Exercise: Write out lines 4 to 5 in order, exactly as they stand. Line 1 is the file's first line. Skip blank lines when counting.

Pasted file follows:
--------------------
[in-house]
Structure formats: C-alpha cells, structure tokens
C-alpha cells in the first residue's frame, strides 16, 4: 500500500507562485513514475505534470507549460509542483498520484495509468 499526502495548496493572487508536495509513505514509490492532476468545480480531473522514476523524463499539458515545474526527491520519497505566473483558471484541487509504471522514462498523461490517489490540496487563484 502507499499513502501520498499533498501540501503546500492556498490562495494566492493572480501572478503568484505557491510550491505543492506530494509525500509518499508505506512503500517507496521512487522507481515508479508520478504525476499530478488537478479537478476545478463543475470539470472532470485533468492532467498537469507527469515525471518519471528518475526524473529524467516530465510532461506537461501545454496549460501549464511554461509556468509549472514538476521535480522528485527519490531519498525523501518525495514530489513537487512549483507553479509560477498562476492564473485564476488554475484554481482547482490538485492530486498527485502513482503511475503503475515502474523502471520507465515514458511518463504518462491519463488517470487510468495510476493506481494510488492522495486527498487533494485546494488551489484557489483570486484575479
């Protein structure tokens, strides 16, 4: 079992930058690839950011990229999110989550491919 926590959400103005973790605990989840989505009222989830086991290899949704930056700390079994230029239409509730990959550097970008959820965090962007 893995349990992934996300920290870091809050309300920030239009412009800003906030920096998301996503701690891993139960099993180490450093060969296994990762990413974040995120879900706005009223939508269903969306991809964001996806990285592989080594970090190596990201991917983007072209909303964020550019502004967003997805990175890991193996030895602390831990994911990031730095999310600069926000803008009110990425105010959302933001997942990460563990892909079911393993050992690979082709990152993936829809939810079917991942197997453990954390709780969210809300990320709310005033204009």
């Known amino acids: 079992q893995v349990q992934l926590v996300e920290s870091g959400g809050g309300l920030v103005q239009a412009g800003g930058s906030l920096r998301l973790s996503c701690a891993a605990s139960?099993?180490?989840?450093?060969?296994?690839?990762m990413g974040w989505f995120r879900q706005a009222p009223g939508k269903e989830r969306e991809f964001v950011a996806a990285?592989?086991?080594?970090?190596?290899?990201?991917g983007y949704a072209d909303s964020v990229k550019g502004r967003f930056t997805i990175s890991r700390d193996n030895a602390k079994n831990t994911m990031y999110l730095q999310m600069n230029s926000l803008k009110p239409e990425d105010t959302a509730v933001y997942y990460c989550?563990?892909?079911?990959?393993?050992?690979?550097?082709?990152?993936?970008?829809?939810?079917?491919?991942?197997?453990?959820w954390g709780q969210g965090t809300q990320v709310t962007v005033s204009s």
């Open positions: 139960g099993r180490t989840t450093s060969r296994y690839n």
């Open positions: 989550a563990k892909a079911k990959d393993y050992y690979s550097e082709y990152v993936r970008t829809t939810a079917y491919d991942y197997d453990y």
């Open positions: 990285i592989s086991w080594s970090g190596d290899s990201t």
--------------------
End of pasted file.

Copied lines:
């Protein structure tokens, strides 16, 4: 079992930058690839950011990229999110989550491919 926590959400103005973790605990989840989505009222989830086991290899949704930056700390079994230029239409509730990959550097970008959820965090962007 893995349990992934996300920290870091809050309300920030239009412009800003906030920096998301996503701690891993139960099993180490450093060969296994990762990413974040995120879900706005009223939508269903969306991809964001996806990285592989080594970090190596990201991917983007072209909303964020550019502004967003997805990175890991193996030895602390831990994911990031730095999310600069926000803008009110990425105010959302933001997942990460563990892909079911393993050992690979082709990152993936829809939810079917991942197997453990954390709780969210809300990320709310005033204009």
């Known amino acids: 079992q893995v349990q992934l926590v996300e920290s870091g959400g809050g309300l920030v103005q239009a412009g800003g930058s906030l920096r998301l973790s996503c701690a891993a605990s139960?099993?180490?989840?450093?060969?296994?690839?990762m990413g974040w989505f995120r879900q706005a009222p009223g939508k269903e989830r969306e991809f964001v950011a996806a990285?592989?086991?080594?970090?190596?290899?990201?991917g983007y949704a072209d909303s964020v990229k550019g502004r967003f930056t997805i990175s890991r700390d193996n030895a602390k079994n831990t994911m990031y999110l730095q999310m600069n230029s926000l803008k009110p239409e990425d105010t959302a509730v933001y997942y990460c989550?563990?892909?079911?990959?393993?050992?690979?550097?082709?990152?993936?970008?829809?939810?079917?491919?991942?197997?453990?959820w954390g709780q969210g965090t809300q990320v709310t962007v005033s204009s």